Merriam-Webster defines family (highlights are mine):

Main Entry:
1fam·i·ly           Listen to the pronunciation of 1family
Pronunciation:
\ˈfam-lē, ˈfa-mə-\
Function:
noun
Inflected Form(s):
plural fam·i·lies
Etymology:
Middle English familie, from Latin familia household (including servants as well as kin of the householder), from famulus servant
Date:
15th century
fam·i·ly·hood           Listen to the pronunciation of familyhood \-ˌhu̇d\ noun
1: a group of individuals living under one roof and usually under one head : household
2 a: a group of persons of common ancestry : clan b: a people or group of peoples regarded as deriving from a common stock : race
3 a: a group of people united by certain convictions or a common affiliation : fellowship b: the staff of a high official (as the President)
4: a group of things related by common characteristics: as a: a closely related series of elements or chemical compounds
b: a group of soils with similar chemical and physical properties (as texture, pH, and mineral content) that comprise a category ranking above the series and below the subgroup in soil classification c: a group of related languages descended from a single ancestral language
5 a: the basic unit in society traditionally consisting of two parents rearing their children ; also : any of various social units differing from but regarded as equivalent to the traditional family <a single-parent family> b: spouse and children <want to spend more time with my family>
6 a: a group of related plants or animals forming a category ranking above a genus and below an order and usually comprising several to many genera bin livestock breeding (1): the descendants or line of a particular individual especially of some outstanding female (2): an identifiable strain within a breed
7: a set of curves or surfaces whose equations differ only in parameters
8: a unit of a crime syndicate (as the Mafia) operating within a geographic area

Hmmm… I don’t see “man and woman” anywhere in there.

“It’s cut and dry.”

Stupid and thoughtless. Why don’t you just say it? “My opinion is correct and there is no room for discussion of how this could hurt thousands or millions of people. Don’t care, can’t hear you, na na na na na na na!!!!”

“It needs to become an amendment so that the people could have the last word.”

Don’t you mean to add, “the people who agree with me, anyway. The rest don’t matter.”

Here’s hoping the people this will affect most do have the last word. It’s easy for you to stand in front of a microphone with your husband and your traditional, patriarchal family and talk about how simple this is. But the truth is, it shouldn’t matter to you whether or not same-sex partners are married. Just because it hurts your sensibilities and damages your perception of a perfectly ordered world (which I can only assume must be a real bitch to maintain!), doesn’t mean you get to declare who can and can’t be married.

Here’s a news flash. Let’s talk strictly about heterosexual married couples for a second. I can think of several that have ended badly, or are loveless, miserable and suffocating. Why do these people get to be married – doesn’t their misery destroy your perfect ideal of the “family?” Well, it should.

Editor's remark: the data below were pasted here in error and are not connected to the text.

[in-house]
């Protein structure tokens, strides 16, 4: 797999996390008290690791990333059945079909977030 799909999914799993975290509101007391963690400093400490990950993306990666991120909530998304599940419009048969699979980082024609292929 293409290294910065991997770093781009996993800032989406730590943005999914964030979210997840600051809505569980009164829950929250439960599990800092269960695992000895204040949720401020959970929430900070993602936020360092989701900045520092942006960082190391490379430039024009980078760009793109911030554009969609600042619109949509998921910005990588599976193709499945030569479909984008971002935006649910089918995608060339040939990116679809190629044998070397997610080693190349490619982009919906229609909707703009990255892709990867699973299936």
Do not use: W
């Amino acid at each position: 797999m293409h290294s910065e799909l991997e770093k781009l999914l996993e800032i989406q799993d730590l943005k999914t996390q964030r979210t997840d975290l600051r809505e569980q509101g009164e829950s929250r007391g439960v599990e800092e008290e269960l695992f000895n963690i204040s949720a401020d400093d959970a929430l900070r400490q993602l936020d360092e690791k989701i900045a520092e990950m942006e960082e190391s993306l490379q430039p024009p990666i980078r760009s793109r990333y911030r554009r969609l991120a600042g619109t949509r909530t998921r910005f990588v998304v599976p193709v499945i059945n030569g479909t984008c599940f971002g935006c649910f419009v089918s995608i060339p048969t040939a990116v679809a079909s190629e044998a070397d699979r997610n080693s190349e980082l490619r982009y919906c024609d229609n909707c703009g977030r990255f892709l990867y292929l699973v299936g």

The government has no right to dictate who can and cannot be married. Two hearts committed to each other are married with or without a piece of paper. The paper is only for the purpose of registering a marriage for the sake of spousal rights. Well, it should be, anyway. I was married to my husband long before the officiator signed his name to our license. I was in love with, committed and faithful to him. We shared a deep attraction, a home, dreams, plans.

That is marraige. That is family. If I was born with the mechanism that determines homosexuality, I would not have held that attraction, and I would have found someone else with whom I connected on that level. And I would be married to them, in my heart at least, and ideally, officially, in a state that appreciates the nature of love.

It saddens me that all a defeat of Prop 102 will bring about is avoidance of this egregious bigotry in the state constitution. I wish it meant that people in love are afforded equal rights across the board, regardless of the sex of each of the parties.

Please, don’t impose any idealistic notions of what a family is “supposed” to be on those who don’t share them. It’s not your place. It’s not mine, either. The opportunity should be afforded to a couple to determine that for themselves.

Brainwashing comes home

This weekend, I visited my sister-in-law and her three children. The two oldest kids (13 and 11) were in and out of the room with the adults.

At some point, my 11-year-old niece says, “So who are you voting for?” I should mention here that this family is very conservative Christian, so I was reluctant to respond at all – it as a nice family Saturday, and I didn’t feel like a political argument. But then my other sister-in-law answered that she would be voting for Obama. My niece’s jaw dropped. “But he believes in abortion!” And he wants to take ‘In God We Trust’ off the money!”

So we had a brief discussion about the history of “In God We Trust,” which I had written about before. I was actually able to sit back and watch – the SIL who will be voting for Obama pretty much described what I had written (thanks for listening, A!). The conversation stopped when someone came back from picking up lunch and we moved on to sunnier – and less explosive – topics.